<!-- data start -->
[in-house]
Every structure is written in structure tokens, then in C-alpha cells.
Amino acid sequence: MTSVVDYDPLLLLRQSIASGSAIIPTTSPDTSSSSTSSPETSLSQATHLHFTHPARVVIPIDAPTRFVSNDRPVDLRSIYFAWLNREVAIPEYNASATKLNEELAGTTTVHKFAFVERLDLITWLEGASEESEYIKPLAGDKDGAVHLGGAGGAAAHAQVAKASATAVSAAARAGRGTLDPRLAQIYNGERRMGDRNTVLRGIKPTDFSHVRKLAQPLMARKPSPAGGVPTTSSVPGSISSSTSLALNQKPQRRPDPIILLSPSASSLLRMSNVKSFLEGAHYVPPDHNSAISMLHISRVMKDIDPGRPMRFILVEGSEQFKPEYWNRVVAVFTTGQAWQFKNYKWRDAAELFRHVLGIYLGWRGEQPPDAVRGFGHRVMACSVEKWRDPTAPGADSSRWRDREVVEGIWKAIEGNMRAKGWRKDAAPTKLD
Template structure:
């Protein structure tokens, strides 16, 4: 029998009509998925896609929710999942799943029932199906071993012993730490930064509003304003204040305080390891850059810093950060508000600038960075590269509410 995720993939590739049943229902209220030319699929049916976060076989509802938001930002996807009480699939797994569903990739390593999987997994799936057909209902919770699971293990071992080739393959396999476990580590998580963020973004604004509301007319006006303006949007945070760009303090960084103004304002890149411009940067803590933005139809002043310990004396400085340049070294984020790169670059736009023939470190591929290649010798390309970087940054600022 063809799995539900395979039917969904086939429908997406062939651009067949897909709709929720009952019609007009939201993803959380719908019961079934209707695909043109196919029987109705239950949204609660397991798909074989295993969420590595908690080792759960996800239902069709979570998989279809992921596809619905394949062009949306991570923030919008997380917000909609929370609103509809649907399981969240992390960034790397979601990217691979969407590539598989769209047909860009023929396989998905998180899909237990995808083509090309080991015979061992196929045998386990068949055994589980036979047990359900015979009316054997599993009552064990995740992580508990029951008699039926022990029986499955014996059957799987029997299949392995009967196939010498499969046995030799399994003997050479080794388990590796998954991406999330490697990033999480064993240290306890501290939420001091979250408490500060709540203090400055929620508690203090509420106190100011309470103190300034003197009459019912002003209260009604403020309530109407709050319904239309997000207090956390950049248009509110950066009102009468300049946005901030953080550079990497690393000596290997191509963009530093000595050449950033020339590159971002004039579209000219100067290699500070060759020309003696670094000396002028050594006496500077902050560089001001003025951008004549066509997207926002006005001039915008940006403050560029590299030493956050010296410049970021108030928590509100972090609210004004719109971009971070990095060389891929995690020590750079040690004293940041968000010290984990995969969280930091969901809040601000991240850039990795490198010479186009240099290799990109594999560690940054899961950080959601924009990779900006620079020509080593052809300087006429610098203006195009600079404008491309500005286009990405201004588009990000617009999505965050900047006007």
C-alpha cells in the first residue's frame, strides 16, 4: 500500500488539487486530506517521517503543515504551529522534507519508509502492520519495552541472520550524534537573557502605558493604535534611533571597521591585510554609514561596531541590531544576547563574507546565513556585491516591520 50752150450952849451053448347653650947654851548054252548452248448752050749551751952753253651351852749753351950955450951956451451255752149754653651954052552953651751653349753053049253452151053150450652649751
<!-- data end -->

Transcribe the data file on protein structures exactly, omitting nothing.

[in-house]
Every structure is written in structure tokens, then in C-alpha cells.
Amino acid sequence: MTSVVDYDPLLLLRQSIASGSAIIPTTSPDTSSSSTSSPETSLSQATHLHFTHPARVVIPIDAPTRFVSNDRPVDLRSIYFAWLNREVAIPEYNASATKLNEELAGTTTVHKFAFVERLDLITWLEGASEESEYIKPLAGDKDGAVHLGGAGGAAAHAQVAKASATAVSAAARAGRGTLDPRLAQIYNGERRMGDRNTVLRGIKPTDFSHVRKLAQPLMARKPSPAGGVPTTSSVPGSISSSTSLALNQKPQRRPDPIILLSPSASSLLRMSNVKSFLEGAHYVPPDHNSAISMLHISRVMKDIDPGRPMRFILVEGSEQFKPEYWNRVVAVFTTGQAWQFKNYKWRDAAELFRHVLGIYLGWRGEQPPDAVRGFGHRVMACSVEKWRDPTAPGADSSRWRDREVVEGIWKAIEGNMRAKGWRKDAAPTKLD
Template structure:
């Protein structure tokens, strides 16, 4: 029998009509998925896609929710999942799943029932199906071993012993730490930064509003304003204040305080390891850059810093950060508000600038960075590269509410 995720993939590739049943229902209220030319699929049916976060076989509802938001930002996807009480699939797994569903990739390593999987997994799936057909209902919770699971293990071992080739393959396999476990580590998580963020973004604004509301007319006006303006949007945070760009303090960084103004304002890149411009940067803590933005139809002043310990004396400085340049070294984020790169670059736009023939470190591929290649010798390309970087940054600022 063809799995539900395979039917969904086939429908997406062939651009067949897909709709929720009952019609007009939201993803959380719908019961079934209707695909043109196919029987109705239950949204609660397991798909074989295993969420590595908690080792759960996800239902069709979570998989279809992921596809619905394949062009949306991570923030919008997380917000909609929370609103509809649907399981969240992390960034790397979601990217691979969407590539598989769209047909860009023929396989998905998180899909237990995808083509090309080991015979061992196929045998386990068949055994589980036979047990359900015979009316054997599993009552064990995740992580508990029951008699039926022990029986499955014996059957799987029997299949392995009967196939010498499969046995030799399994003997050479080794388990590796998954991406999330490697990033999480064993240290306890501290939420001091979250408490500060709540203090400055929620508690203090509420106190100011309470103190300034003197009459019912002003209260009604403020309530109407709050319904239309997000207090956390950049248009509110950066009102009468300049946005901030953080550079990497690393000596290997191509963009530093000595050449950033020339590159971002004039579209000219100067290699500070060759020309003696670094000396002028050594006496500077902050560089001001003025951008004549066509997207926002006005001039915008940006403050560029590299030493956050010296410049970021108030928590509100972090609210004004719109971009971070990095060389891929995690020590750079040690004293940041968000010290984990995969969280930091969901809040601000991240850039990795490198010479186009240099290799990109594999560690940054899961950080959601924009990779900006620079020509080593052809300087006429610098203006195009600079404008491309500005286009990405201004588009990000617009999505965050900047006007």
C-alpha cells in the first residue's frame, strides 16, 4: 500500500488539487486530506517521517503543515504551529522534507519508509502492520519495552541472520550524534537573557502605558493604535534611533571597521591585510554609514561596531541590531544576547563574507546565513556585491516591520 50752150450952849451053448347653650947654851548054252548452248448752050749551751952753253651351852749753351950955450951956451451255752149754653651954052552953651751653349753053049253452151053150450652649751